Guarding the passage way into an area called Sandy Row is a mural describing years of oozing hatred and watering tears.  But the mural doesn’t just depict history; it’s now.
 Sandy Row is known for it’s devout loyalist, Protestant community; a community that no one else dares enter into by bicycle or foot.  I snapped this picture with the window up as we rolled up past in a locked car.

Covering the streets of Sandy Row are British flags and posters of the Queen.  Many people have chairs and open windows, like the arrangement shown above, so that when parades from the Orange Order pass, they can watch, cheer, and wave their flags.  The Orange Order is a Protestant, highly unionist organization that is likened to the KKK by Catholics and said “to just get a bad rep” by Protestants.  In any case, the Orange Order from Easter until the 12th of July do a series of marches and parades that have instigated a lot of riots right now in Belfast.

I first came across them in a serene showcase in the middle of the Town Hall in Belfast.  Later on, I saw a different group as they were about to start marching.  There was an 8 year old boy dressed up in full army suit that was watching his father and mimicking every gesture.
Today, I woke up to pipe playing and marching rocking my already-unstable apartment.  Today, I walked into work and almost nobody was there due to heavy traffic and parade delays.  Today, I looked at my desktop clock (which I finally figured out how to take off army time) and realized it’s July 12th.
In Belfast, the center of Northern Ireland, you can read the story on people’s faces as they attempt to recount what happened.  It’s a terrible story, and one that people have mostly forgotten or don’t know about (especially if you aren’t from the Republic of Ireland or the UK):
Britain ruled over all of Ireland until in 1949 when the two countries after much violence finally reached an agreement.  The south of Ireland was to become their own sovereign nation while the north opted to remain ruled by the British Crown.  While the North choose to remain under the Crown and the majority in the North wanted it, many are bitter and believe the British wrongfully split the Kingdom and took the part where the money lay in the rich Northern textile and boat building economy. Today, when you cross over from the South to the North, the immediate differences, besides currency, is the side of the road is painted white in the South and yellow in the North.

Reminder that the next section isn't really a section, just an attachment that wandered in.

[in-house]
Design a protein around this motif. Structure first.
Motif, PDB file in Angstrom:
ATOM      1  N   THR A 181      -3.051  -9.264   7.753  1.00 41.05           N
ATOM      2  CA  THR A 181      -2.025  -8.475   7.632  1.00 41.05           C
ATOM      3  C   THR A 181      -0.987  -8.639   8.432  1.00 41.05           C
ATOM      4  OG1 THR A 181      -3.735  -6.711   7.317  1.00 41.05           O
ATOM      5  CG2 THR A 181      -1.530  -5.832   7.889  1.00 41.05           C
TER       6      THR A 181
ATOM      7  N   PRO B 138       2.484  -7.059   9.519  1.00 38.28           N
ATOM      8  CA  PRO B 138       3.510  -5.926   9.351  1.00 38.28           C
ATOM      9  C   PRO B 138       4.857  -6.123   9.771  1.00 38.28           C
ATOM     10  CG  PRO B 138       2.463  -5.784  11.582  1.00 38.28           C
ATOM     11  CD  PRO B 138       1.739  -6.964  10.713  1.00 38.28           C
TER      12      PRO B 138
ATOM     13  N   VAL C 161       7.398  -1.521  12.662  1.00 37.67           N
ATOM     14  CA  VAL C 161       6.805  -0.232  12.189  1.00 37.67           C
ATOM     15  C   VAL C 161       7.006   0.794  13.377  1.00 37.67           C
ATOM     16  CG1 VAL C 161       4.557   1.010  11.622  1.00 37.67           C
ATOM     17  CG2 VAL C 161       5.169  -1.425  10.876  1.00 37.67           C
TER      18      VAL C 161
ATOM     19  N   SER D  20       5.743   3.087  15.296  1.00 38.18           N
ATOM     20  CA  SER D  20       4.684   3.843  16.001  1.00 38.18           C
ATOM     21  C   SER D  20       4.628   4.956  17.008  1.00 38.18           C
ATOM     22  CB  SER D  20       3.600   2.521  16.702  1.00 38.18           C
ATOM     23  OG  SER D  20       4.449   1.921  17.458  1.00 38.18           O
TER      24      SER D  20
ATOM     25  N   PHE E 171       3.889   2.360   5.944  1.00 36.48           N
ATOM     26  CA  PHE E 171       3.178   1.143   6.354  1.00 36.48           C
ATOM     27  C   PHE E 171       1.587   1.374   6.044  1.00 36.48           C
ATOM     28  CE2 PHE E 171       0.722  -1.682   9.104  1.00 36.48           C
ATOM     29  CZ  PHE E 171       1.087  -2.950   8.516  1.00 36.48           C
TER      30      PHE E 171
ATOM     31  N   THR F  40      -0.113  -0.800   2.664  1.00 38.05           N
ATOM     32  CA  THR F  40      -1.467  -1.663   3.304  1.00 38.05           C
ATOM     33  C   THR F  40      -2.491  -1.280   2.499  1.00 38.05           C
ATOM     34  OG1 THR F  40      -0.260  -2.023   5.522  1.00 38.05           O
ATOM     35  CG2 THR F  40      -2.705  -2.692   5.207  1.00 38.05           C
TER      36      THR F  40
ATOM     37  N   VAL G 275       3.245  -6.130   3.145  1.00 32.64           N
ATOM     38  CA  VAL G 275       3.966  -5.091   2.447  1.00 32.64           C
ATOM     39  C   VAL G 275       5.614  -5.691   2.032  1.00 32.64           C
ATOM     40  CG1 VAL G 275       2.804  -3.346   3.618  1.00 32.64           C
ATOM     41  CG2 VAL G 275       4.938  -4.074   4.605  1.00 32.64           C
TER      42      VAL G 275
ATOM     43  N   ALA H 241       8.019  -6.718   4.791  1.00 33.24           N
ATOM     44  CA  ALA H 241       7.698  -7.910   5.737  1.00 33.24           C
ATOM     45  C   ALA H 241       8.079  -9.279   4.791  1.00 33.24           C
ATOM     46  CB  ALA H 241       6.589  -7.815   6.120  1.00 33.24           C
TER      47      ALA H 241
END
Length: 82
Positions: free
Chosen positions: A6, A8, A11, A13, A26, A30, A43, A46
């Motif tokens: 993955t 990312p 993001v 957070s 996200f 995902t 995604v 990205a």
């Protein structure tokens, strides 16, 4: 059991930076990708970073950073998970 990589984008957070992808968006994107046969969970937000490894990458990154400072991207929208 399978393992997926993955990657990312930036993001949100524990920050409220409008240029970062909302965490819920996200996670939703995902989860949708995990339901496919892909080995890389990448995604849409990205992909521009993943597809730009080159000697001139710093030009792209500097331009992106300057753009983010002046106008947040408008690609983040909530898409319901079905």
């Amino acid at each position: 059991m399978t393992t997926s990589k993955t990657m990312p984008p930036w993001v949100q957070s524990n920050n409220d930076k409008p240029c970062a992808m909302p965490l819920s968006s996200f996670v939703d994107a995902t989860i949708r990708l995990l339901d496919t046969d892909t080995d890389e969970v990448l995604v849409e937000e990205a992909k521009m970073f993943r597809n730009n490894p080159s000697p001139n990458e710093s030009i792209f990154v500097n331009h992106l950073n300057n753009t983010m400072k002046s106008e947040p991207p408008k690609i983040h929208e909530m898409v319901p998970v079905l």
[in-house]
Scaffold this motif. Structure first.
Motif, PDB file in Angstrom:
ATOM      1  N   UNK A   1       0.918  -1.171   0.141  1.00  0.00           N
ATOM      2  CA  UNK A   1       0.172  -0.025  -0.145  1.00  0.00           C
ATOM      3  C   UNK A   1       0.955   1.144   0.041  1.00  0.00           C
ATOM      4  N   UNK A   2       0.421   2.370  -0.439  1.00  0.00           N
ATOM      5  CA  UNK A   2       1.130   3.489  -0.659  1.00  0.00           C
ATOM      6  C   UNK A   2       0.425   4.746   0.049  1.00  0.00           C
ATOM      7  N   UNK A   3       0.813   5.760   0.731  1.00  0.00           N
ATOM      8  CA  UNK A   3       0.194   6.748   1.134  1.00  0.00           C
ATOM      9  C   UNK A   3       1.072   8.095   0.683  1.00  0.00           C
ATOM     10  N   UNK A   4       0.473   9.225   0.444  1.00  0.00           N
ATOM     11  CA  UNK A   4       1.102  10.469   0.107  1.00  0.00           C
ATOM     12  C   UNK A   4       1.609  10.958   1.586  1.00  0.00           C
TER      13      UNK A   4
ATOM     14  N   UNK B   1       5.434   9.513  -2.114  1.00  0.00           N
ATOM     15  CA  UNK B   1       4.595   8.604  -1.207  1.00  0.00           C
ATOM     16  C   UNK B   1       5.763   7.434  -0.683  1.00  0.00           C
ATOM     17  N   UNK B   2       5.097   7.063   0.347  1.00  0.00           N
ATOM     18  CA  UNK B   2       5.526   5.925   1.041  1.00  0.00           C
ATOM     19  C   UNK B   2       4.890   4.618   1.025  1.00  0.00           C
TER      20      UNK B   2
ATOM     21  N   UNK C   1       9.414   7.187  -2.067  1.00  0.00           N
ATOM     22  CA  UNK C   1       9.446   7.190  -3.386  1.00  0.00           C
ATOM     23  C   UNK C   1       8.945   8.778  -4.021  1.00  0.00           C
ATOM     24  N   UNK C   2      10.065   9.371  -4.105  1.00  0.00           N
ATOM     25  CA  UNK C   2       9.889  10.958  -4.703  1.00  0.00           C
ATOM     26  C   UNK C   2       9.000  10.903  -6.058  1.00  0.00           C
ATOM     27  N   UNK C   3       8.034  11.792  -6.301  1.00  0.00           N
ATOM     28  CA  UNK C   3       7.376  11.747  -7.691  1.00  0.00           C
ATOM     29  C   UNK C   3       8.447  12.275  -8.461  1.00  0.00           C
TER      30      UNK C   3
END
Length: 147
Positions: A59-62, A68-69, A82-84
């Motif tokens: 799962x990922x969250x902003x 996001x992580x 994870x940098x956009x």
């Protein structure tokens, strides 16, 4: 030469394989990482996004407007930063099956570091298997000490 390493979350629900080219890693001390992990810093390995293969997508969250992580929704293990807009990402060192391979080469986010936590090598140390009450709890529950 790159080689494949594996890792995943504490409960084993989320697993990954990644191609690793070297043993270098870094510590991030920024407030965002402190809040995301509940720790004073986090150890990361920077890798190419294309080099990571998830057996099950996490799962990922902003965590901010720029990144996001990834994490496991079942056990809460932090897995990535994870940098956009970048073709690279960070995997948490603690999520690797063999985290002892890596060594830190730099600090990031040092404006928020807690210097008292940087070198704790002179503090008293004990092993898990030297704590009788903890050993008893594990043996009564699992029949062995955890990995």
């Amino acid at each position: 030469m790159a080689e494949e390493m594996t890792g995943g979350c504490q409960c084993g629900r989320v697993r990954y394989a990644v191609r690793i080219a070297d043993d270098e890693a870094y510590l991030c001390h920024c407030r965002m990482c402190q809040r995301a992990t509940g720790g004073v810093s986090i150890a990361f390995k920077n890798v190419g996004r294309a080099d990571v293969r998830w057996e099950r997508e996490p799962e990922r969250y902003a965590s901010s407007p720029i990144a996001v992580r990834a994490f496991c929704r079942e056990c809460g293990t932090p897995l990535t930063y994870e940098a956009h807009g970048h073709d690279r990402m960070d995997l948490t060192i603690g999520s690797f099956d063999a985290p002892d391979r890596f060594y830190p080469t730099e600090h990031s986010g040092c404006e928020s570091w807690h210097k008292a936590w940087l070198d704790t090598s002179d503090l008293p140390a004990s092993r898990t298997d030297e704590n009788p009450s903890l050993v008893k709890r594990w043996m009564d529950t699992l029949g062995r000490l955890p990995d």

After independence, the south of Ireland became a Republic and flourished up until the recent financial crisis, while Northern Ireland was in and further went into turmoil.  Nationalists wanted to unite Ireland (the north and the south) to be one independent republic, whereas unionists (or loyalists)  wanted Northern Ireland to remain separate and part of the United Kingdom.  While nationalists don’t necessarily have to be Catholic, 95% of nationalists are.  And while unionists don’t necessarily have to be Protestants, 95% of unionists are.  Thus more generally, the conflict is referred to being between Protestants and Catholics though religious beliefs have nothing to do with it.  In fact, according to a devout Catholic Irish friend named Eoin, the main religious difference is that Catholics believe that communion is actually the body of Christ while Protestant believe it is a symbol and something eaten in order to remember Christ (at least that’s how I understood it).

In the north, from the 20s to around the late 50s, the Catholics were discriminated against by the Protestants.  The Protestants rigged elections until they held majorities in all the houses.  Employers wouldn’t hire and shopkeepers wouldn’t serve Irish, as the above mural describes, causing Catholic emigration and a even higher Protestant majority.  The Irish Republican Army (IRA) formed in the 1910s as a group of freedom fighters for the Catholics.  In response, the unionists created the Ulster Defence Association (UDA) and Ulster Freedom Fighters (UFF); both organizations had the same participants, but the former was legally recognized while the latter a terrorist group. As my friend Sinead put it, “All the organizations were terrorists groups, which committed terrible acts and killed many people.  The IRA did it to gain rights for the Catholics while the UDA/UFF acted to protect the Protestants.  Both were ruthless, and both murdered.”

The next period of time is probably the worst in Irish history called “The Troubles.”  There’s no way I could aptly describe the events.  It involved blowing up pubs, bombing police stations (the picture above is of a police station, the reason the walls are so high is to prevent bombing), bullying by the British Army, and so much more.  It’s said to be from the 60s to the late 90s but acts of violence still occur today.  Everyone living today in Ireland knows because they lived through it.  People in Belfast, the heart of the Troubles, have tried to forgive, but Catholics and Protestants alike know it’s too early to forget.
Today, almost everything is the North in segregated into Protestants and Catholics. Most schools up to college are segregated between Catholics and Protestants.  An Irish friend told me that you could even tell by what sport someone played if they were Protestant or Catholic: Protestants play rugby, and Catholics play Gaelic football and soccer.  Although Newry is in the North, in my workplace, no one cares if you are Catholic or Protestant, though 90% of people are Catholic.
The following are murals around Belfast mostly done by Protestants and Catholics:


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